French Hospital Tests VR Technology as a Replacement for Anesthesia

A startup in France is implementing virtual reality technology that sees patients embark on a contemplative guided tour to help calm their anxiety and ease their pain.
Loukia Papadopoulos

Saint-Joseph Hospital in Paris is testing an exciting albeit still unsubstantiated approach to pain relief that does not require medication. The hospital has introduced the use of virtual reality (VR) technology to help relax patients in the emergency room and hopefully aid them with natural pain management.

A powerful distraction

“The virtual reality project ... enables us to offer patients a technique to distract their attention and curb their pain and anxiety when being treated in the emergency room,”  Olivier Ganansia, head of the emergency department at the Saint-Joseph Hospital, told Reuters. “I think in 10 years, virtual reality won’t even be a question anymore, and will be used in hospitals routinely.”


The VR used in this case comes from a French startup called Healthy Mind VR. The firm's website says the technology offers an alternative to traditional pain management by immersing patients in "natural realistic environments" of their choice, allowing them to forget their condition.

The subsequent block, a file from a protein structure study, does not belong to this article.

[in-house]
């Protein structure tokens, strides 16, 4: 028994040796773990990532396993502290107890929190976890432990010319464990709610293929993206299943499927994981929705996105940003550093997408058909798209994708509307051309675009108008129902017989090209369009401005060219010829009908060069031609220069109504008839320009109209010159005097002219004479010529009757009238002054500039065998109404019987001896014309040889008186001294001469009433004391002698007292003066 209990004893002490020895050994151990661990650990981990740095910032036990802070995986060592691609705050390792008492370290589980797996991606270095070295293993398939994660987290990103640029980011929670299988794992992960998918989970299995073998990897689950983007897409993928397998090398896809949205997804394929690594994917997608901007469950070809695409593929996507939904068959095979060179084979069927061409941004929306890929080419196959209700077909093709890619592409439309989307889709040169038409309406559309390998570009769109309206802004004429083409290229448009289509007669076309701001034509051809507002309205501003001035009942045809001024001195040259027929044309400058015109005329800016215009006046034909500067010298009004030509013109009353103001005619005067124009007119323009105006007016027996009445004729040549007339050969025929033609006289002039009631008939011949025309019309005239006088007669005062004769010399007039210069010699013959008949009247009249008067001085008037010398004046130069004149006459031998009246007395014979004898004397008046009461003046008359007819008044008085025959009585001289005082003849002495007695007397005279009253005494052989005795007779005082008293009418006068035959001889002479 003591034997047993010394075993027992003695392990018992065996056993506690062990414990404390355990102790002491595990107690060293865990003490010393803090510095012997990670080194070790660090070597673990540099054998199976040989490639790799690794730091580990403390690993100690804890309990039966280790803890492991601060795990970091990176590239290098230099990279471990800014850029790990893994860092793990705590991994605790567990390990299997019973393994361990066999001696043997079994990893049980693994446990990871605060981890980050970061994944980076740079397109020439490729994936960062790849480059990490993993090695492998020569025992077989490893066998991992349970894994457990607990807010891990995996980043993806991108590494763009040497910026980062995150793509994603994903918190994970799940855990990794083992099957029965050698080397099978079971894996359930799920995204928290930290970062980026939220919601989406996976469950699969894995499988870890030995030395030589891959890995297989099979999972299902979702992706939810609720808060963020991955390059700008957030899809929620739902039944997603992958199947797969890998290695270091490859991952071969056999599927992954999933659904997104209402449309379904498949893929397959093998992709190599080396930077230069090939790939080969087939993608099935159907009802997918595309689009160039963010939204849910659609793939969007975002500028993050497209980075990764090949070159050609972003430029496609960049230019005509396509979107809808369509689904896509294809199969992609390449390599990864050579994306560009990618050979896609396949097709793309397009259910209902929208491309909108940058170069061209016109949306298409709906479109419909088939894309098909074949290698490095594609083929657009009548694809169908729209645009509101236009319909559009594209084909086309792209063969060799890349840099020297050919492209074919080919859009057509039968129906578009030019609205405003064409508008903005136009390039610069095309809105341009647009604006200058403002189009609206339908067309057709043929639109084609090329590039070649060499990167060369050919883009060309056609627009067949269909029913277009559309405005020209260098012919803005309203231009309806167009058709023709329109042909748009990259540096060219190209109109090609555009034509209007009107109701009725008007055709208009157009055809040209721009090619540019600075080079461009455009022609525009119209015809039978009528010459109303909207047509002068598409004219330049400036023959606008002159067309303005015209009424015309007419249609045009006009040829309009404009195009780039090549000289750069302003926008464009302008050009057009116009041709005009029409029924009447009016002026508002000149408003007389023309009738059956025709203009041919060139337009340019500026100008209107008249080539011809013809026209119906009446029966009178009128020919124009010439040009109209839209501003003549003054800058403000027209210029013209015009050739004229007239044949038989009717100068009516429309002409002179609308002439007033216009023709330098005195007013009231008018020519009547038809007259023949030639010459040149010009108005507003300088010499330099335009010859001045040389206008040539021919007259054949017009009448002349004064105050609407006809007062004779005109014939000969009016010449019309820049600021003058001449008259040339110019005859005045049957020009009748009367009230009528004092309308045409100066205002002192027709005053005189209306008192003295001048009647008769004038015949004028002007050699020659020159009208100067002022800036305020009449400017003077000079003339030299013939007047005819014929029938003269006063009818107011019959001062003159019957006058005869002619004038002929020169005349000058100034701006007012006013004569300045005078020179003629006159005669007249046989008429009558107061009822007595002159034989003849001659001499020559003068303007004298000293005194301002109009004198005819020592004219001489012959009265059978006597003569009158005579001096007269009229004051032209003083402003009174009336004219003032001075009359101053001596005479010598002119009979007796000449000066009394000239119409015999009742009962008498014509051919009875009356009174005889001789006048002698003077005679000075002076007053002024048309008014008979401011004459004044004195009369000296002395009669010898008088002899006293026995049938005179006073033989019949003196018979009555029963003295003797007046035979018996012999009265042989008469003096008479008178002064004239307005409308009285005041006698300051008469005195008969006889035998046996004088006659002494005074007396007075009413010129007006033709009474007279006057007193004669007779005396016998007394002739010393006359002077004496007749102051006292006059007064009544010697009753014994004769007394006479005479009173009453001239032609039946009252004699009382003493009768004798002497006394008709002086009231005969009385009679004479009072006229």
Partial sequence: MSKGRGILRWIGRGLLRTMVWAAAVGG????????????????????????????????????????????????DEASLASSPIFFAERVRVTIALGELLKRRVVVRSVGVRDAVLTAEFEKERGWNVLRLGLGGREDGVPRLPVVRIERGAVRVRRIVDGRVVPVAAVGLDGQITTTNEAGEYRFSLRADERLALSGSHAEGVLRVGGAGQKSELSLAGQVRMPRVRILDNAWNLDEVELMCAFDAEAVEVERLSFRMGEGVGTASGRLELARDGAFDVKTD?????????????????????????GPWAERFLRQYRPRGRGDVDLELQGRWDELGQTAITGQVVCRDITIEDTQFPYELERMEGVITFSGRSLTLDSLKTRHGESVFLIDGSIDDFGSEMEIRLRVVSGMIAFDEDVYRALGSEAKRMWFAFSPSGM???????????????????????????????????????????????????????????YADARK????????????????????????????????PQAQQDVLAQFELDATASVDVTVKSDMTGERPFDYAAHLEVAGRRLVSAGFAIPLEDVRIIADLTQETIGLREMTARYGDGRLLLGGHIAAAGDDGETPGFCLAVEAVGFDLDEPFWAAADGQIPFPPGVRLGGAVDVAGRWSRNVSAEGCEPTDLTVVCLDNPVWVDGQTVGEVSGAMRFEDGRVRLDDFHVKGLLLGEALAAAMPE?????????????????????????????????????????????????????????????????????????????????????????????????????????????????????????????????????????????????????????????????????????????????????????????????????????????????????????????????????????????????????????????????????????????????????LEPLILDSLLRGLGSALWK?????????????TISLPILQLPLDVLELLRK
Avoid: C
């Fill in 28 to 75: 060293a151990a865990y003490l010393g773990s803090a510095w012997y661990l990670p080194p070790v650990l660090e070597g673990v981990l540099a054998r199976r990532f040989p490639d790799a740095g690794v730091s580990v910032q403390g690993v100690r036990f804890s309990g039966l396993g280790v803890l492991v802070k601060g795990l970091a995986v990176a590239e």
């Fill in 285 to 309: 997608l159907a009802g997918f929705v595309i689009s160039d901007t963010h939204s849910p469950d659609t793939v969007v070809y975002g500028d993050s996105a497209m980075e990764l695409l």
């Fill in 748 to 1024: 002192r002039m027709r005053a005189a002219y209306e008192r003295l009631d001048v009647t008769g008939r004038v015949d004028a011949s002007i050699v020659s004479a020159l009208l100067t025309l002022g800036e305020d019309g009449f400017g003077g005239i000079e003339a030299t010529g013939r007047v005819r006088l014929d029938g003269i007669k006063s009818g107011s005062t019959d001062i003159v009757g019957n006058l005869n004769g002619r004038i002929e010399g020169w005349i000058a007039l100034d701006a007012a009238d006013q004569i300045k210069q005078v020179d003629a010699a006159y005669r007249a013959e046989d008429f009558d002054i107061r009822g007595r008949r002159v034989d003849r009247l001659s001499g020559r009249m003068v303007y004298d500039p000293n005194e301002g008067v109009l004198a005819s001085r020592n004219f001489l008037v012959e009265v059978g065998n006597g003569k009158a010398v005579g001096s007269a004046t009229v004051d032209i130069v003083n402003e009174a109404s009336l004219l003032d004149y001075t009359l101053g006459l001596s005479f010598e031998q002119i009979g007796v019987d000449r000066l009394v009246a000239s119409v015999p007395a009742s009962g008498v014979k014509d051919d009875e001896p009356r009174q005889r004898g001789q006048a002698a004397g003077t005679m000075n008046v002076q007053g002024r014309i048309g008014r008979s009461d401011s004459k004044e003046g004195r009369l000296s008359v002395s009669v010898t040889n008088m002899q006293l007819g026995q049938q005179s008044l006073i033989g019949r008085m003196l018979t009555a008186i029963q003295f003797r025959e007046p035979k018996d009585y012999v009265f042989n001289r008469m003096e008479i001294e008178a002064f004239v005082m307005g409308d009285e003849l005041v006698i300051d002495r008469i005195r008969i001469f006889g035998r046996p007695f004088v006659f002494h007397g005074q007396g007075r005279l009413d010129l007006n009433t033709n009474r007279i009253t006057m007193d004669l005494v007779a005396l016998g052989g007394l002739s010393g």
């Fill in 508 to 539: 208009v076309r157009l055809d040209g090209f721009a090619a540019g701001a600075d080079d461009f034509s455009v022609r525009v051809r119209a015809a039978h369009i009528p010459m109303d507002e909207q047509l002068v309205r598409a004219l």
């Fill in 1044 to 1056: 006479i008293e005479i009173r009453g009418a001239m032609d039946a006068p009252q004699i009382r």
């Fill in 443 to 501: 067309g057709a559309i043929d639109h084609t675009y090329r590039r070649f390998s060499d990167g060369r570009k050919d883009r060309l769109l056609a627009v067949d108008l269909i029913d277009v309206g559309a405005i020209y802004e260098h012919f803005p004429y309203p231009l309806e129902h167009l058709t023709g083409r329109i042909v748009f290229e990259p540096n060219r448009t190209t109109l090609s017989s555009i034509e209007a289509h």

The site says the visual and auditory experience empowers patients to take control of their improvement and that studies have shown that VR can be twice as effective as morphine. The three studies referred to are a 2017 paper on the efficacy of VR in postburn physical therapy, research from 2016 on VR's impact on chronic pain and work from 2012 on the effects of VR on the elderly.

A guided contemplative tour

“What we offer is a contemplative world where the patient goes on a guided tour, in interactive mode, to play music, do a bit of painting or work out a riddle,” explained Reda Khouadra, one of the graduate students behind Healthy Mind VR. Khouadra's passion for 3D modeling and animation is said to have begun at the age of 12 when he used to print "soothing landscapes to offer them to his aunt who suffered from the Parkinson disease in order to ease her anxiety."

It is this experience that encouraged Khouadra to incorporate the growing emergence of virtual reality into a useful pain-alleviating healthcare complement. Healthy Mind VR was first tested at the Pasteur Lanroze clinic to "reduce pain and anxiety in surgery units, palliative care and the oncology department."

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The system performed well and was reportedly well received by patients. For those particularly concerned with the many negative side effects associated with drugs, the technology provides a healthy and addiction-safe solution to pain relief.

This virtual therapy is based on a principle called Gate Control Theory. The theory stipulates the existence of nodes that control the way we perceive pain that can be inhibited through sensory-emotional stimuli.

The startup is a joint cooperation between three graduate students and a team of psychiatrists and doctors. The company was awarded a $20,000 prize from an Australian University to be used by the founders to travel to Seattle to pitch their product to Microsoft.

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